We estimate efficiency scores for Russian universities based on data set of input and output criteria by using Data Envelopment Analysis. In addition, we use a reputation index as another indicator of a university’s productivity. To construct it, 4000 contexts are analyzed and 13 reputation criteria are found. The threshold procedure is used to aggregate them into a reputation indicator. Factors which lead a university to be efficient are studied.
The article is based on the historical-sociological analysis of the models of science in Russia and Germany, which serves as a basis for separation of convergence and divergence phases in the process. “The turning point” from former to the latter is establishment of the soviet model of science which leaded to universities’ deprivation of research function and their transformation into clearly educational institutes.
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GUNi Series on the Social Commitment of Universities Higher Education in the World 5 Knowledge, Engagement and Higher Education: Contributing to Social Change We are living through a crisis of scale that affects all systems and that requires a new understanding of human progress and a new conscience that supports a new way of being in the world. The fifth edition of the GUNi Report, entitled: Knowledge, Engagement and Higher Education: Contributing to Social Change, explores the critical dimensions in our understanding of the roles and potential roles of knowledge, civil society and higher education institutions (HEIs) as active players in contributing to the creation of more just and sustainable world. The creation and dissemination of relevant knowledge could contribute to transforming the paradigms and beliefs established in social, economic and political systems and to moving to creative and innovative way of thinking and imagining new realities. Knowledge could help in raising ethical awareness and facilitating the civic commitment of people and professionals. In this sense, this Report will call upon policy-makers, scholars and leaders of HEIs around the world to rethink the social responsibility of HE. The Report provides visibility and critically examines the theory and practice of engagement. It approaches the challenge of Community-University Engagement (CUE) in an integrated manner. It explores ways in which engagement enhances teaching and learning, research, knowledge mobilization and dissemination. It approaches engagement in ways that accept the multiple sites and epistemologies of knowledge, as well as the reciprocity and mutuality in learning and education through engagement. The Report offers elements of a vision for a renewed and socially responsible relationship between higher education, knowledge and society. It is a product of three years research, in which 73 authors from all the world regions have contributed. GUNi has previously published four issues of the Higher Education in the World report (2006, 2007, 2008, 2011), plus a synthesis (2009) committed by UNESCO for the II World Conference on Higher Education held in Paris in 2009. www.guninetwork.org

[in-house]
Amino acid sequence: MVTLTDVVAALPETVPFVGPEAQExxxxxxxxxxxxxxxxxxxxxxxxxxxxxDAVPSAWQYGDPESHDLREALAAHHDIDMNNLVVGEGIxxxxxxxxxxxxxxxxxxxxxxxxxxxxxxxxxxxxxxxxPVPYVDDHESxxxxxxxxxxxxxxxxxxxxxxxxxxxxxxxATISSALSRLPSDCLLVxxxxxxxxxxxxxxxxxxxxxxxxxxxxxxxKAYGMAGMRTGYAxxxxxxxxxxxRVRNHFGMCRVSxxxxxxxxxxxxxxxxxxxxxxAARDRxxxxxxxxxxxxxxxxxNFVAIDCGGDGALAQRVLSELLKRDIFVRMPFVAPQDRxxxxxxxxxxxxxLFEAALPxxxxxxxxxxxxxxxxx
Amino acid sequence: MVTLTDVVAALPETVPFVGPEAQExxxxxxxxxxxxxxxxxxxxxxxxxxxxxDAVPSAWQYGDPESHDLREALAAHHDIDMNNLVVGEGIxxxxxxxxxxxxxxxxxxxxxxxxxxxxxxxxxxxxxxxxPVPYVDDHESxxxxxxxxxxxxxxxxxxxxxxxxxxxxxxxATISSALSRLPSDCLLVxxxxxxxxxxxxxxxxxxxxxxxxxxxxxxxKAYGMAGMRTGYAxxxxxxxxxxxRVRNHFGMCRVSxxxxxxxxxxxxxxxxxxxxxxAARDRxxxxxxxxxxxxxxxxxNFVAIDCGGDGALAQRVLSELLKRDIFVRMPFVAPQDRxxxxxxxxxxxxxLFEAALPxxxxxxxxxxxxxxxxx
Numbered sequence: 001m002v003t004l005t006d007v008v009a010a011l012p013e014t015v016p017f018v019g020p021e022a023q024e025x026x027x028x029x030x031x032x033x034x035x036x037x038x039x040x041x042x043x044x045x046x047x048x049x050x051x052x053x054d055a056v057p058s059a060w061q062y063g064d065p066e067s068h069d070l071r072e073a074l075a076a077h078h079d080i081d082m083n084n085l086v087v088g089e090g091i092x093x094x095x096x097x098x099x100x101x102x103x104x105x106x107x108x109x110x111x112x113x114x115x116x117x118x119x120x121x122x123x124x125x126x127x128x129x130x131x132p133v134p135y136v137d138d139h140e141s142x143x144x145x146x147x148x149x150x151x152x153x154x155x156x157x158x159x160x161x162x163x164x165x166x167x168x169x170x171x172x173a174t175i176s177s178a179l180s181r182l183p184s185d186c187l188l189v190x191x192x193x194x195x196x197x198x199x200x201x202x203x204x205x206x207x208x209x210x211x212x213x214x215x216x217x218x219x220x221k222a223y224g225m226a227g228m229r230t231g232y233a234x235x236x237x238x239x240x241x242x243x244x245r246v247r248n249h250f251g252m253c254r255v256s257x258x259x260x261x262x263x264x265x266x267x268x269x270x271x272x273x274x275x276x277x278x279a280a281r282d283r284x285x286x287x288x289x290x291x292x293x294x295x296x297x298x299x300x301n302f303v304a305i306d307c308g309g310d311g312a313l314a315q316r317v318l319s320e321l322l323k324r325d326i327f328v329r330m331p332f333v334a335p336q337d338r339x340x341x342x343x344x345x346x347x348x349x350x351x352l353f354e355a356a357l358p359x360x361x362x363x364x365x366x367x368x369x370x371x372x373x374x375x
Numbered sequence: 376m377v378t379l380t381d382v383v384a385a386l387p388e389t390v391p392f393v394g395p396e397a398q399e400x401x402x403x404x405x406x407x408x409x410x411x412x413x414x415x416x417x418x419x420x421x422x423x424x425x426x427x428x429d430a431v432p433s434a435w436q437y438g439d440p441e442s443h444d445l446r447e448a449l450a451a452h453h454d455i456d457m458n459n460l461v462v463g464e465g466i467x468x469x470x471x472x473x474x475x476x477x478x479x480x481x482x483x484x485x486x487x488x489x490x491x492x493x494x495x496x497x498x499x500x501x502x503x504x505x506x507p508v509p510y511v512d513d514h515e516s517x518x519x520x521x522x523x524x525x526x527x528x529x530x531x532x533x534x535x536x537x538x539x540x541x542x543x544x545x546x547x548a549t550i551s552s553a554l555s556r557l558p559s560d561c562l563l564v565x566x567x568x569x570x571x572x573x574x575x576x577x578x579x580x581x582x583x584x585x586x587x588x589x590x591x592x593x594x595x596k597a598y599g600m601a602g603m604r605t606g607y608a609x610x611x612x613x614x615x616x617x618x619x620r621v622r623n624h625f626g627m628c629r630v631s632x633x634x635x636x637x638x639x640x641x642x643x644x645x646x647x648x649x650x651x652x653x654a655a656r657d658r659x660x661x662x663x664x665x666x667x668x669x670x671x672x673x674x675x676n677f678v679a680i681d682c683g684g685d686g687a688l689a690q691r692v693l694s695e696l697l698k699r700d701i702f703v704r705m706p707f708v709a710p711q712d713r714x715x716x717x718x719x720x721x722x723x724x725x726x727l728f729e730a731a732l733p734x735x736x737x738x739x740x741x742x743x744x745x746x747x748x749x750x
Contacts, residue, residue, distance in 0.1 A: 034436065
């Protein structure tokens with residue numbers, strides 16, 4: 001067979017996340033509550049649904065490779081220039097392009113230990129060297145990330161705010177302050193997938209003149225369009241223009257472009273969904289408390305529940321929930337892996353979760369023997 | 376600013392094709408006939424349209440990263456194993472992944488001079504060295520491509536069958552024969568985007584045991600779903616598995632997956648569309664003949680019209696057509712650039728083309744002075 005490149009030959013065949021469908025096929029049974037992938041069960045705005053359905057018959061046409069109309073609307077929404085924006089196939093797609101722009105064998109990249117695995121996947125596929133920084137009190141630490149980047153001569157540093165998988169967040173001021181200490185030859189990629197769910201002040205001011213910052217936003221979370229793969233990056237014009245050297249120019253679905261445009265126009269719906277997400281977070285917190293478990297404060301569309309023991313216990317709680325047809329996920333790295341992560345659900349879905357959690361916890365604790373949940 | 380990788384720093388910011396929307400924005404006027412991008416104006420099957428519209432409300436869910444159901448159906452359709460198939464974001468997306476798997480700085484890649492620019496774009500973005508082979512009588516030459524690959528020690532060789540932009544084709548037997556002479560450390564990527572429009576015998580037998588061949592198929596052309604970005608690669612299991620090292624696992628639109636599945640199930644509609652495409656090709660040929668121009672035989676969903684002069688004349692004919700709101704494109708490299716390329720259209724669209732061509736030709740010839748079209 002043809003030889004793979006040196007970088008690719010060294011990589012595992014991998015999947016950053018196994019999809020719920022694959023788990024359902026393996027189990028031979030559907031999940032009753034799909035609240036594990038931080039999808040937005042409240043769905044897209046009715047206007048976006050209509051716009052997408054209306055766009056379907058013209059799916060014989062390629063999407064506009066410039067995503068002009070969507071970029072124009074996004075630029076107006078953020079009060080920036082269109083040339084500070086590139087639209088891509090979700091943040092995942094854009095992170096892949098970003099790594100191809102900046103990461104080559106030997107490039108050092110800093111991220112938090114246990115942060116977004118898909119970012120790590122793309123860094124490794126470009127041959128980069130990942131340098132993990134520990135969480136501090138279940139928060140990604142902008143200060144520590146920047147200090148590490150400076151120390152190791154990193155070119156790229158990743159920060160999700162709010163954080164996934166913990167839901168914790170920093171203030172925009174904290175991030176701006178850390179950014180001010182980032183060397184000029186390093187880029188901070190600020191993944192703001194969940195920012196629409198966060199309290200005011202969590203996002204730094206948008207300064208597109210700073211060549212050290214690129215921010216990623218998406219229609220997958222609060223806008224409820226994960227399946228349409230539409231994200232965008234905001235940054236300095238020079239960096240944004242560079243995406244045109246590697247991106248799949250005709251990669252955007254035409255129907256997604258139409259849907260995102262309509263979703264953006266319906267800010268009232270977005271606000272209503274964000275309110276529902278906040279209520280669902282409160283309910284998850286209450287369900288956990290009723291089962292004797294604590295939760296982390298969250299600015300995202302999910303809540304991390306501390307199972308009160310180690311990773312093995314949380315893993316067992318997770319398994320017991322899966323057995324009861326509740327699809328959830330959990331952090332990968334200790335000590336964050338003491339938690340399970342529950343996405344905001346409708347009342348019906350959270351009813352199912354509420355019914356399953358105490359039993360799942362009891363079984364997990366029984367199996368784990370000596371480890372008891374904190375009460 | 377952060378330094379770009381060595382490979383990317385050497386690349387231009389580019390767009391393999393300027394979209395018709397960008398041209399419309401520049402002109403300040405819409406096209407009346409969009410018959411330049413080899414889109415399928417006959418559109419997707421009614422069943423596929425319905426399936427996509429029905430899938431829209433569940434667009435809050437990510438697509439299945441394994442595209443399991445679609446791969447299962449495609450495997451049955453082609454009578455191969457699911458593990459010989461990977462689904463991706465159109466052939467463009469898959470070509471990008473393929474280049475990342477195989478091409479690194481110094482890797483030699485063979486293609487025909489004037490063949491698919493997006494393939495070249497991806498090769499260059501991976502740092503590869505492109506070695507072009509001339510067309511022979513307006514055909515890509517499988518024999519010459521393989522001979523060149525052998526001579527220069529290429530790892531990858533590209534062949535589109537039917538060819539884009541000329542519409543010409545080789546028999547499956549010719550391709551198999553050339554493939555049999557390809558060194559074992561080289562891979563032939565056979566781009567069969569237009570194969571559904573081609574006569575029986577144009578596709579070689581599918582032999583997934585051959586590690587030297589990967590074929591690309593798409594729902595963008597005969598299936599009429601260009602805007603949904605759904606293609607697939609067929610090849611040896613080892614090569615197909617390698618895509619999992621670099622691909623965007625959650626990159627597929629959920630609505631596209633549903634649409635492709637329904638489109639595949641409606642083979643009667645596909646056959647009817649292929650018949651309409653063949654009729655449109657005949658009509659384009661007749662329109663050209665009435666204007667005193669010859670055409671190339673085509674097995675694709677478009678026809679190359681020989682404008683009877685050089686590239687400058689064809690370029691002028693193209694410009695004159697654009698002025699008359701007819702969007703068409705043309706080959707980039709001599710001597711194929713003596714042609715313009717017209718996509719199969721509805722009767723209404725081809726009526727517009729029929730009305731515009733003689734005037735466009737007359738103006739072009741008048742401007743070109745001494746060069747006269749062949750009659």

Institutions play a key role in building entrepreneurial ecosystems (EEs). However, the academic literature does not well represent the historical roots of these institutions and most works are devoted to developed countries. This article examines the institutional conditions for the development of scientific and entrepreneurial activities at universities in the context of the transition to a market economy. It considers the «path dependence» (mentality and infrastructure inherited from the past), as well as specific mechanisms for regulating the interaction of universities and other subjects of EE developed during the transition period. Such an approach allows us to assess the potential of universities for the development of entrepreneurship in countries with a transition economy and the impact of historical development paths upon the current structural conditions and the specific features of the EE.